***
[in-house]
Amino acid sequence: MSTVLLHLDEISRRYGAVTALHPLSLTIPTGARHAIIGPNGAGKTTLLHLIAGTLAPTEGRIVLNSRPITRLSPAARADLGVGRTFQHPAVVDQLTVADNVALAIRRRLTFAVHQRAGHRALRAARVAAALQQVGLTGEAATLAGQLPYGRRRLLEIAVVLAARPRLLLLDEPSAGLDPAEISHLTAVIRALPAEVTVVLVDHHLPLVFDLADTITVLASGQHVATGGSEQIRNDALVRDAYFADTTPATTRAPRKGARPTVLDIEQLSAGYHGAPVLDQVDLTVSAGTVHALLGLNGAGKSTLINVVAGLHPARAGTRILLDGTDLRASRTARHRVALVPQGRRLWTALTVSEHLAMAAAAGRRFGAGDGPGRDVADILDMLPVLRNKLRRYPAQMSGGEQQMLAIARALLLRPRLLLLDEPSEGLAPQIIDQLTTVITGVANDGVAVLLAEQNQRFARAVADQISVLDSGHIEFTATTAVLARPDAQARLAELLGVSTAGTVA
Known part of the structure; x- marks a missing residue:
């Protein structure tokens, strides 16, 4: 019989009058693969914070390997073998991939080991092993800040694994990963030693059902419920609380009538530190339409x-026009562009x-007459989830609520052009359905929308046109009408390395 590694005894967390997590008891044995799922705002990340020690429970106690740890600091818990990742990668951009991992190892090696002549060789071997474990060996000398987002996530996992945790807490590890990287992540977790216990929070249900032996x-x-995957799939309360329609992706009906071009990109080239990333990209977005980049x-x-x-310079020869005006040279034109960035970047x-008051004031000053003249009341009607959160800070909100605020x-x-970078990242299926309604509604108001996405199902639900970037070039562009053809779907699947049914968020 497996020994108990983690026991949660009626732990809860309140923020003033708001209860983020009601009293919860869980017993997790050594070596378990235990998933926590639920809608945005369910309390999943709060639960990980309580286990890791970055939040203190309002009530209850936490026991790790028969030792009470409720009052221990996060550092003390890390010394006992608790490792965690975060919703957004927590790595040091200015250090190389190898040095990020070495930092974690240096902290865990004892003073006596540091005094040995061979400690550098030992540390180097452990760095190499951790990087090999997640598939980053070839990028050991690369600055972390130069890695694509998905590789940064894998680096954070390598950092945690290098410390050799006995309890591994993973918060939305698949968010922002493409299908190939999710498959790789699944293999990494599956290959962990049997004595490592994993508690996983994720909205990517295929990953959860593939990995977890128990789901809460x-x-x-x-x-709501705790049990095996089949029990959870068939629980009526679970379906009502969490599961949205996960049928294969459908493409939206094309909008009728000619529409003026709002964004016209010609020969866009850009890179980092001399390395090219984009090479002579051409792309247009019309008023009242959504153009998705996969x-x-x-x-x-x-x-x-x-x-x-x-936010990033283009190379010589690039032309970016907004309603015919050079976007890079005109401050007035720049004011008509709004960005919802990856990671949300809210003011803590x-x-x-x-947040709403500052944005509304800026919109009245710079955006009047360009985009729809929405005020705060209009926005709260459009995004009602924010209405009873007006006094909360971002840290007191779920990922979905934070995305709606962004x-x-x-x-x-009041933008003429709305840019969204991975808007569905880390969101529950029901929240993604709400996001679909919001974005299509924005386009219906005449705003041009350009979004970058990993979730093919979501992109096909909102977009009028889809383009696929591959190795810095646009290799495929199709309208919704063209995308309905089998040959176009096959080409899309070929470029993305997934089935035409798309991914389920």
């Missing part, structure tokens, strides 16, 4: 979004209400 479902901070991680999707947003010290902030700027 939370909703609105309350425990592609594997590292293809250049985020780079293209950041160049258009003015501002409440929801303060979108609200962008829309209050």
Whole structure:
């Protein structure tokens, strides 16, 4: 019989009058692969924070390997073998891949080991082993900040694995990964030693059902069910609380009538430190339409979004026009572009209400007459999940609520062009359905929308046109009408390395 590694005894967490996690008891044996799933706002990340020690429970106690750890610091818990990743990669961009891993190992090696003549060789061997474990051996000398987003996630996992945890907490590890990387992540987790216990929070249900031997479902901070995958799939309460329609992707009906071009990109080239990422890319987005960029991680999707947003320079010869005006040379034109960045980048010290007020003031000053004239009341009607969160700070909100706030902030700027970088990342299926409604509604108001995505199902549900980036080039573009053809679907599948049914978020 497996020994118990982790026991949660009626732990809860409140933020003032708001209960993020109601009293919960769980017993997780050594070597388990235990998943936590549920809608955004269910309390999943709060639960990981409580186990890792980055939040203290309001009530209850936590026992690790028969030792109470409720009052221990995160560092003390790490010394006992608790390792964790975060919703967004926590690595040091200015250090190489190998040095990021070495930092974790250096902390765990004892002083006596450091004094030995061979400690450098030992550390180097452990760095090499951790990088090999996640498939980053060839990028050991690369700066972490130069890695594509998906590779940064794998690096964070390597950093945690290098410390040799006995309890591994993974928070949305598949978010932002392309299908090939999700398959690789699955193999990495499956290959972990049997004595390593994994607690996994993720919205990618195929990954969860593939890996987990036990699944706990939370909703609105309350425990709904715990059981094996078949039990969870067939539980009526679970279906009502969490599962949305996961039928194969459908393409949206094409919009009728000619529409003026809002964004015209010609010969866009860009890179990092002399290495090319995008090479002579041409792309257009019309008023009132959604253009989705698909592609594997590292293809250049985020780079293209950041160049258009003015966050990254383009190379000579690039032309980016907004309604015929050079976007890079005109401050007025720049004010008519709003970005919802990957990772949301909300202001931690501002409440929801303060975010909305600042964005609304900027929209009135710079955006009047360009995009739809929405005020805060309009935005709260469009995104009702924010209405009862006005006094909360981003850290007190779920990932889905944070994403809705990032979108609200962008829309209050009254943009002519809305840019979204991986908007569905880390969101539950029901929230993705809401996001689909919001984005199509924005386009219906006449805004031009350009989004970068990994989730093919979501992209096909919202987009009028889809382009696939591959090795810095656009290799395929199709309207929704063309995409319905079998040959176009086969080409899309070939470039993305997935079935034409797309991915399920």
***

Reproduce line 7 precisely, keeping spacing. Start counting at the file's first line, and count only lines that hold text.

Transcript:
């Protein structure tokens, strides 16, 4: 019989009058692969924070390997073998891949080991082993900040694995990964030693059902069910609380009538430190339409979004026009572009209400007459999940609520062009359905929308046109009408390395 590694005894967490996690008891044996799933706002990340020690429970106690750890610091818990990743990669961009891993190992090696003549060789061997474990051996000398987003996630996992945890907490590890990387992540987790216990929070249900031997479902901070995958799939309460329609992707009906071009990109080239990422890319987005960029991680999707947003320079010869005006040379034109960045980048010290007020003031000053004239009341009607969160700070909100706030902030700027970088990342299926409604509604108001995505199902549900980036080039573009053809679907599948049914978020 497996020994118990982790026991949660009626732990809860409140933020003032708001209960993020109601009293919960769980017993997780050594070597388990235990998943936590549920809608955004269910309390999943709060639960990981409580186990890792980055939040203290309001009530209850936590026992690790028969030792109470409720009052221990995160560092003390790490010394006992608790390792964790975060919703967004926590690595040091200015250090190489190998040095990021070495930092974790250096902390765990004892002083006596450091004094030995061979400690450098030992550390180097452990760095090499951790990088090999996640498939980053060839990028050991690369700066972490130069890695594509998906590779940064794998690096964070390597950093945690290098410390040799006995309890591994993974928070949305598949978010932002392309299908090939999700398959690789699955193999990495499956290959972990049997004595390593994994607690996994993720919205990618195929990954969860593939890996987990036990699944706990939370909703609105309350425990709904715990059981094996078949039990969870067939539980009526679970279906009502969490599962949305996961039928194969459908393409949206094409919009009728000619529409003026809002964004015209010609010969866009860009890179990092002399290495090319995008090479002579041409792309257009019309008023009132959604253009989705698909592609594997590292293809250049985020780079293209950041160049258009003015966050990254383009190379000579690039032309980016907004309604015929050079976007890079005109401050007025720049004010008519709003970005919802990957990772949301909300202001931690501002409440929801303060975010909305600042964005609304900027929209009135710079955006009047360009995009739809929405005020805060309009935005709260469009995104009702924010209405009862006005006094909360981003850290007190779920990932889905944070994403809705990032979108609200962008829309209050009254943009002519809305840019979204991986908007569905880390969101539950029901929230993705809401996001689909919001984005199509924005386009219906006449805004031009350009989004970068990994989730093919979501992209096909919202987009009028889809382009696939591959090795810095656009290799395929199709309207929704063309995409319905079998040959176009086969080409899309070939470039993305997935079935034409797309991915399920």